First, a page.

Nutraingredients.com
January 11, 2006
By staff reporter


Study supports ForsLean efficacy, safety

11/01/2006 - A new study using Sabinsa’s Coleus forskohlii extract, ForsLean, indicates that it could be helpful in helping maintain weight after weight loss.

ForsLean is derived from the root of Coleus forskohlii, which is native to warm temperate habitats including India and is the only known plant source of the natural compound forskolin. Amongst other effects, this is understood to increase lean body mass and help optimize body composition though cAMP (cyclic adenosine monophosphate) activation.

Sabinsa, which part sponsored the study, holds both European and US patents for forskolin's use as a weight management and body composition ingredient.

The 12-week study was conducted at Baylor University's Center for Exercise, Nutrition & Preventative Health Research. It involved 23 overweight women who were randomized to receive either 250mg of ForsLean (10 percent diterpene forskolin standardization) or a placebo twice a day.

The researchers measured their body composition, body weight, and psychometric instruments were obtained at baseline, four, eight and 12 weeks. Fasting blood samples and dietary records were also obtained at the start and end of the trial. Side effects were recorded each week.

The results, published in the Journal of the International Society of Sports Nutrition (2(2): 54-62, 2005), showed that women who received the ForsLean experienced a decrease in body mass and scanned mass and reported less fatigue and hunger. There were no significant differences in fat mass.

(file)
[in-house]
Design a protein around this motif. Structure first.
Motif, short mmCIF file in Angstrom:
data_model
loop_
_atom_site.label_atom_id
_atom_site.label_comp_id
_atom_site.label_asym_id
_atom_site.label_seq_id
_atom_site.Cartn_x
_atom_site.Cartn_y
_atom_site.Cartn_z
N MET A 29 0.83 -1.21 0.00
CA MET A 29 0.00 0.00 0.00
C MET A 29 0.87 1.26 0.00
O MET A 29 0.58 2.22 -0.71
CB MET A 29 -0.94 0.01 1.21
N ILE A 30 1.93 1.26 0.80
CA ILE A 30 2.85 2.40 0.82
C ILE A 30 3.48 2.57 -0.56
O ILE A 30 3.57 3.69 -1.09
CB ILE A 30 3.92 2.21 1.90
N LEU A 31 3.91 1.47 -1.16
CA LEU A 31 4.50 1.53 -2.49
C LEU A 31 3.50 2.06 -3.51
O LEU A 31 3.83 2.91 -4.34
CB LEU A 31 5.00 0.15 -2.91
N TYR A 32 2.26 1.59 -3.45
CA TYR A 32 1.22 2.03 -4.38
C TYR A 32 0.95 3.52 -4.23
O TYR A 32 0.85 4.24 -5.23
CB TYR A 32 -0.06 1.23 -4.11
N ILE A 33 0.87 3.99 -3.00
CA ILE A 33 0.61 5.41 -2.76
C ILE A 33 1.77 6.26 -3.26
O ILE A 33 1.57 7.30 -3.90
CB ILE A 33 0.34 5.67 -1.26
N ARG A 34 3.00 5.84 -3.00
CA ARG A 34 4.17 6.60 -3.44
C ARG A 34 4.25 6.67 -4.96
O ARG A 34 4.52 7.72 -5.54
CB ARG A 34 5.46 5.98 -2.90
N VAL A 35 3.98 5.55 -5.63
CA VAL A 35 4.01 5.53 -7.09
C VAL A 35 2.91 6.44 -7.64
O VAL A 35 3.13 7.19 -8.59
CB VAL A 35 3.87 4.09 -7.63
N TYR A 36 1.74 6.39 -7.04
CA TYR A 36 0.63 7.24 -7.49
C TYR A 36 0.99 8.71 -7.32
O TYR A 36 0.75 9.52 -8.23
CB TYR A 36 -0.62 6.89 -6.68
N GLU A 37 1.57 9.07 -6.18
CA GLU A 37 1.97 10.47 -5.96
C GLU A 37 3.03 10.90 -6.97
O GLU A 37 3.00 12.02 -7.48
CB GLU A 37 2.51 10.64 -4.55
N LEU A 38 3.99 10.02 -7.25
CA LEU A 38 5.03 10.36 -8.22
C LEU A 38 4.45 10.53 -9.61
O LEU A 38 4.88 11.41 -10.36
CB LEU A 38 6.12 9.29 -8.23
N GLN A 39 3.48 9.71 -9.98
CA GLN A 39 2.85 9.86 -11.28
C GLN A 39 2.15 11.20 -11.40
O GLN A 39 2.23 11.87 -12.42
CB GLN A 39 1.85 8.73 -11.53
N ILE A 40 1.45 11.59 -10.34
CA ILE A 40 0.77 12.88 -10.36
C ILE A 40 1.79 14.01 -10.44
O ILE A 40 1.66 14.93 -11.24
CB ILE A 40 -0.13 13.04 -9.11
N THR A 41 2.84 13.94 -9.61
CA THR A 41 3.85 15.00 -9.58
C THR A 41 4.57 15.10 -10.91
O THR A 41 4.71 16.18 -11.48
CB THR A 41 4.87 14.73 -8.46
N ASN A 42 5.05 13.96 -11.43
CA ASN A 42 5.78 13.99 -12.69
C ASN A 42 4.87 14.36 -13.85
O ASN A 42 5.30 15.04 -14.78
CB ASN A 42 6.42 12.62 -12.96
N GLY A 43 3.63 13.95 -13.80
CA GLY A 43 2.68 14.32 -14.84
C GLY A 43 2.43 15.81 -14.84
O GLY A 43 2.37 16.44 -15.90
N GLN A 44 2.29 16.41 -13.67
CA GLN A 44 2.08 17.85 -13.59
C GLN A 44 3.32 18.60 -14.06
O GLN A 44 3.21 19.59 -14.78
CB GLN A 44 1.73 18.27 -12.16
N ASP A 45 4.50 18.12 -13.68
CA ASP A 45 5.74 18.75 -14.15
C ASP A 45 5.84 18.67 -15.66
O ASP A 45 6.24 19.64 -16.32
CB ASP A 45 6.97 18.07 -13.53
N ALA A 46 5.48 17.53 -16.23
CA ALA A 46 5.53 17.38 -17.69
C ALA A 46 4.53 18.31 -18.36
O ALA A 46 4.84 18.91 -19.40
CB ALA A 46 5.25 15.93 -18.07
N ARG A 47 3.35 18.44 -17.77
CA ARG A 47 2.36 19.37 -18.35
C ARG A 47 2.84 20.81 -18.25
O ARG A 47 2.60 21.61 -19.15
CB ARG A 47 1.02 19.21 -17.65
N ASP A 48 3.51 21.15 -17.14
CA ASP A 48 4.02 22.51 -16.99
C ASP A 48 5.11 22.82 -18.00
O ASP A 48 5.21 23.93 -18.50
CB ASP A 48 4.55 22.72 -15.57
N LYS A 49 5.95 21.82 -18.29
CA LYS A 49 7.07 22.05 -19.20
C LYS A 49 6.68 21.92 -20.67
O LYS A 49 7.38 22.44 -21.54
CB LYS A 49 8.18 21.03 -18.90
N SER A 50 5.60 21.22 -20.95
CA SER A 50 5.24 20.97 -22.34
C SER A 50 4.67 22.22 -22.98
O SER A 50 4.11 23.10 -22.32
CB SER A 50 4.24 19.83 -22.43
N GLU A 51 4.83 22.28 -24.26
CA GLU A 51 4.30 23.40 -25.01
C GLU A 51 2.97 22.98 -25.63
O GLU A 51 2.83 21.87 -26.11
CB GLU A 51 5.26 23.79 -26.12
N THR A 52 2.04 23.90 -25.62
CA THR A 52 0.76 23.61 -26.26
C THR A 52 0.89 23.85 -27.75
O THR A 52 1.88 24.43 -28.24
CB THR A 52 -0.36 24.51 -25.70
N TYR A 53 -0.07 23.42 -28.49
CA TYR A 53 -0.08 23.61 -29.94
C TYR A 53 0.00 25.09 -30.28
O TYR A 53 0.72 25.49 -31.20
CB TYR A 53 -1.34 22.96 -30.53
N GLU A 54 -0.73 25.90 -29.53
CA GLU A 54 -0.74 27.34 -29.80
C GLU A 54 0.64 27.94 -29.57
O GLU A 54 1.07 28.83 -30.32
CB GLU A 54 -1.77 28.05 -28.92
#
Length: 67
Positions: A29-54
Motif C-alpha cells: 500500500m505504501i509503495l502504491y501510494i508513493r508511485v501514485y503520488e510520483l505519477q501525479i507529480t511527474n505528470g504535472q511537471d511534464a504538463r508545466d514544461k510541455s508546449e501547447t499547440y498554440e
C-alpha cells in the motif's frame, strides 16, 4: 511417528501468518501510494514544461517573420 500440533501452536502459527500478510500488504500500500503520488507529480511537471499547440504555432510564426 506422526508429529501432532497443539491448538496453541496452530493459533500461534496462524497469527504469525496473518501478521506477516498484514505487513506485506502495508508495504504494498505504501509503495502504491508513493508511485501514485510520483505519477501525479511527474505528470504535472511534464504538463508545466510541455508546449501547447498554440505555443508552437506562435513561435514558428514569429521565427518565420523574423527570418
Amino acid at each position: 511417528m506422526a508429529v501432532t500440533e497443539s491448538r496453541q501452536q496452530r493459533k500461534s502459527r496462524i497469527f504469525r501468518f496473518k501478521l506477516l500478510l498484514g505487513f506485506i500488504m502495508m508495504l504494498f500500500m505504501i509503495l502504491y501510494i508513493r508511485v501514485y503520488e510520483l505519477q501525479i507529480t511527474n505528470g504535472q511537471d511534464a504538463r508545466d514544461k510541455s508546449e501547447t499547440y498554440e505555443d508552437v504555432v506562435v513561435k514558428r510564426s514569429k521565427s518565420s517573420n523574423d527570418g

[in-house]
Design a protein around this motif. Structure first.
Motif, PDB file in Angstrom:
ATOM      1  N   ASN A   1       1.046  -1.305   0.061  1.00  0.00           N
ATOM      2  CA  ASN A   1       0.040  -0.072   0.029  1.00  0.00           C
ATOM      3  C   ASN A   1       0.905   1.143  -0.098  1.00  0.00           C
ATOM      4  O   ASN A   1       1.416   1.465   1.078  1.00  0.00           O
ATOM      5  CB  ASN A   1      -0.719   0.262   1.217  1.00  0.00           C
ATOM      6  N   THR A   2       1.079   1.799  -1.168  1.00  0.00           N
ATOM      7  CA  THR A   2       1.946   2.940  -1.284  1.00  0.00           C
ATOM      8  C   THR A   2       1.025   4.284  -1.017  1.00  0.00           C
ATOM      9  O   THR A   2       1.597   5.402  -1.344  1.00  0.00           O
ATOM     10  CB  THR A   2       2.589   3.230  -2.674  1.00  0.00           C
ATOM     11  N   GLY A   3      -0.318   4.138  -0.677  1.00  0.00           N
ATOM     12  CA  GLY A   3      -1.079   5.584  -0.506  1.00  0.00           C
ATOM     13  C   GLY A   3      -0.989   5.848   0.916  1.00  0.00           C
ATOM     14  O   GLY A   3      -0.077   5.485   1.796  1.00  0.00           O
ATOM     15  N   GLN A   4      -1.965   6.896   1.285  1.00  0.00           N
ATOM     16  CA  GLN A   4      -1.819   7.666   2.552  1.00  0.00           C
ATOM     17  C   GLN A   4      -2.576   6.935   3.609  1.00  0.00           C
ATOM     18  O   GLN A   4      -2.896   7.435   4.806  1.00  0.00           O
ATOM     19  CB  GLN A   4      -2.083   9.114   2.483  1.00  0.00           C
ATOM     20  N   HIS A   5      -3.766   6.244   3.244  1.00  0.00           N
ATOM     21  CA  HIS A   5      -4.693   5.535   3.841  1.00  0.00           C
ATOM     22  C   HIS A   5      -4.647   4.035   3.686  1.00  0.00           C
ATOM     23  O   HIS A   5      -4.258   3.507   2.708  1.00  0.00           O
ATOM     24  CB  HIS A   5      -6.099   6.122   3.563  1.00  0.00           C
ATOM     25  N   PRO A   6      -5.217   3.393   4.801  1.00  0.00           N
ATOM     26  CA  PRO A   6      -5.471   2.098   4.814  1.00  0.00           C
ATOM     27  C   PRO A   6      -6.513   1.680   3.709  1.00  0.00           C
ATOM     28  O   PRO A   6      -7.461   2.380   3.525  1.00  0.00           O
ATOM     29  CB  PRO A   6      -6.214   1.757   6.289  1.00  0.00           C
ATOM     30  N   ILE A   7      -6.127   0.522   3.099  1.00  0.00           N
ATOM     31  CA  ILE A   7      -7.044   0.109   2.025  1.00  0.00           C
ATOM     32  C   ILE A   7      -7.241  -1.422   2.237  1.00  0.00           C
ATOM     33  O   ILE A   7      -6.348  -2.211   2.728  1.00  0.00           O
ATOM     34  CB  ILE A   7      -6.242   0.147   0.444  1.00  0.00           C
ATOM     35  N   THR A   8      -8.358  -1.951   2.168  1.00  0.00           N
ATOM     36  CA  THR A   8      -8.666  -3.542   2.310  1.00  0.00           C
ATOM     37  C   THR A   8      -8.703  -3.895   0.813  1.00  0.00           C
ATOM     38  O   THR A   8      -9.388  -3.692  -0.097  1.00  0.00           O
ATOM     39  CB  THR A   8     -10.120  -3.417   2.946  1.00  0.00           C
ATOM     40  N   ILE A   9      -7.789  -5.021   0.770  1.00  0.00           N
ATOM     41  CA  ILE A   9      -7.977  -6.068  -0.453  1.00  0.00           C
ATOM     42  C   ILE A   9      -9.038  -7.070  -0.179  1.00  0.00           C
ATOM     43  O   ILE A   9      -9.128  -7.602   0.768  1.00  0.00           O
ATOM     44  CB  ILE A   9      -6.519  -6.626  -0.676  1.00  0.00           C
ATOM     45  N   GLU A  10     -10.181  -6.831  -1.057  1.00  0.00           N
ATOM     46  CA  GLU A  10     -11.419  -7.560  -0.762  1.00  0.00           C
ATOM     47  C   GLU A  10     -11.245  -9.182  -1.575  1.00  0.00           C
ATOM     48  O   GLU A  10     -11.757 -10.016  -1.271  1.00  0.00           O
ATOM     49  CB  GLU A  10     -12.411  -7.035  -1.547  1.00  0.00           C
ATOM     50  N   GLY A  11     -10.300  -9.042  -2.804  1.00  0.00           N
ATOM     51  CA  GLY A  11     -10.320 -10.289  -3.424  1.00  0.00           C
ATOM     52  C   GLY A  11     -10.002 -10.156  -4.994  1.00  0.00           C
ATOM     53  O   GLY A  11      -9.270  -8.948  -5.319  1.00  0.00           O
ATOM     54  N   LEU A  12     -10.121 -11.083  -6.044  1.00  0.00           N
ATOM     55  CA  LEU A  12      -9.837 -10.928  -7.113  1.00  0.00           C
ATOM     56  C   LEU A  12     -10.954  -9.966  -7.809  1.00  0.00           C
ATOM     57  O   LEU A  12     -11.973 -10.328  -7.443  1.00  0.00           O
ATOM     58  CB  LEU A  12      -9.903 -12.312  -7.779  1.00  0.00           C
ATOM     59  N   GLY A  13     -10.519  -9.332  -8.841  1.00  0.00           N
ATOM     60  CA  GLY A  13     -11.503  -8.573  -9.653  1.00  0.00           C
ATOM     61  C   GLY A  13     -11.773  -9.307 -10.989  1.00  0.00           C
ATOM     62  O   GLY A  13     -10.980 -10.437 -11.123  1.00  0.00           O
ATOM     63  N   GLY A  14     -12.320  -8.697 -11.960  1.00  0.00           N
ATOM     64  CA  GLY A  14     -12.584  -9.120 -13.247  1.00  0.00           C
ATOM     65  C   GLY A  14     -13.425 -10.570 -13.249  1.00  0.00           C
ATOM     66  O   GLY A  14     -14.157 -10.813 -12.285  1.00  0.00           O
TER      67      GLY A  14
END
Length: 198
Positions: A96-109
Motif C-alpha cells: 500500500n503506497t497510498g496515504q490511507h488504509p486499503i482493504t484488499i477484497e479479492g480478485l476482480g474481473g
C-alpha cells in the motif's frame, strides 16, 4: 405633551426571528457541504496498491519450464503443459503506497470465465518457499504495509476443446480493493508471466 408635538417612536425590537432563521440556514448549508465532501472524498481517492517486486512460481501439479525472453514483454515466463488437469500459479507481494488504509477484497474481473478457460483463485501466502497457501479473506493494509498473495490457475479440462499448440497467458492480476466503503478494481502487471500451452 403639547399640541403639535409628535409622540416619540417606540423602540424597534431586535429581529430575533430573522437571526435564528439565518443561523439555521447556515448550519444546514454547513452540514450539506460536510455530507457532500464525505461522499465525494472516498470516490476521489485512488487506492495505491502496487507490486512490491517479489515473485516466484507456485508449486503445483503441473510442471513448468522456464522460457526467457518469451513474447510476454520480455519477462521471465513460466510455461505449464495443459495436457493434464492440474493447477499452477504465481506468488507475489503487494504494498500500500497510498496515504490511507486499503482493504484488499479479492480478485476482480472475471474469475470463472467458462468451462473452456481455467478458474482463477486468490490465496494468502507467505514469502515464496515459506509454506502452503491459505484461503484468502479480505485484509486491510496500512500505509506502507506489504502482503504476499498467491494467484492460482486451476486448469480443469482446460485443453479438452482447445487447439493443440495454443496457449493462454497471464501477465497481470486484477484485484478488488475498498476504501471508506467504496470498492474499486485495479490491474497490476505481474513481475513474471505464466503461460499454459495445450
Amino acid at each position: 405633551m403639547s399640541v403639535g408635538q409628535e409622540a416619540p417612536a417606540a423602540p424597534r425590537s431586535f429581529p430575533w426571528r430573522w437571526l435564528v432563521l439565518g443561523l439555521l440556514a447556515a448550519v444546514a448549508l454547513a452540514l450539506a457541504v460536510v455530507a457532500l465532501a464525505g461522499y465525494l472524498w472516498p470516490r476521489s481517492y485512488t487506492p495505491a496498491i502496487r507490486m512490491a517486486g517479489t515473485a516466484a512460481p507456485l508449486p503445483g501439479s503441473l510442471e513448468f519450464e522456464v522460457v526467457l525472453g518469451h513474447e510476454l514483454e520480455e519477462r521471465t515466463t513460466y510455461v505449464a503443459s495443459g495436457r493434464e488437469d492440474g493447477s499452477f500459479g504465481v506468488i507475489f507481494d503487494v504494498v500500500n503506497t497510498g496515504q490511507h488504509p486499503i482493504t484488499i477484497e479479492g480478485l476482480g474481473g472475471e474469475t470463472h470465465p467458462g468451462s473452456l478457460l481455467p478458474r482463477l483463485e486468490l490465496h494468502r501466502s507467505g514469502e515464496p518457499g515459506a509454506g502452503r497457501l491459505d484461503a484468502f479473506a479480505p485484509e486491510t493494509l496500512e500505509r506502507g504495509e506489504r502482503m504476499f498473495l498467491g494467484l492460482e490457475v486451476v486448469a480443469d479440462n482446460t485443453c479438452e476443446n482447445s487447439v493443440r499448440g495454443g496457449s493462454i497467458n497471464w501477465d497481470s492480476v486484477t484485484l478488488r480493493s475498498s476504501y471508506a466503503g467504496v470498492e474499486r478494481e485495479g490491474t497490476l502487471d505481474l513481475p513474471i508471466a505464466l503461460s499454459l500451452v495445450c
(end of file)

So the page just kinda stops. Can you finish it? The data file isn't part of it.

No significant interactions were observed; most notably, despite previous research indicating that Coleaus forskohlii may cause an increase in heart rate and decrease in blood pressure, this was not seen in the current study.

“The results suggest that CF does not appear to promote weight loss but may help mitigate weight gain in overweight females with apparently no clinically significant side effects,” concluded the researchers.

However they said that decreases were seen in carbohydrate, fat and energy intake in both groups over the study period, which may have been due to participants attempting to assist the weight loss process. Differences between the groups may have been observed if a study diet had been prescribed.

They also said that a set exercise regime may have shown up more differences between the groups.

The researchers said that Coleaus forskohlii has the potential to influence the loss and management of overall body weight as a means of maintaining weight after weight loss, but that further research into its capabilities is required.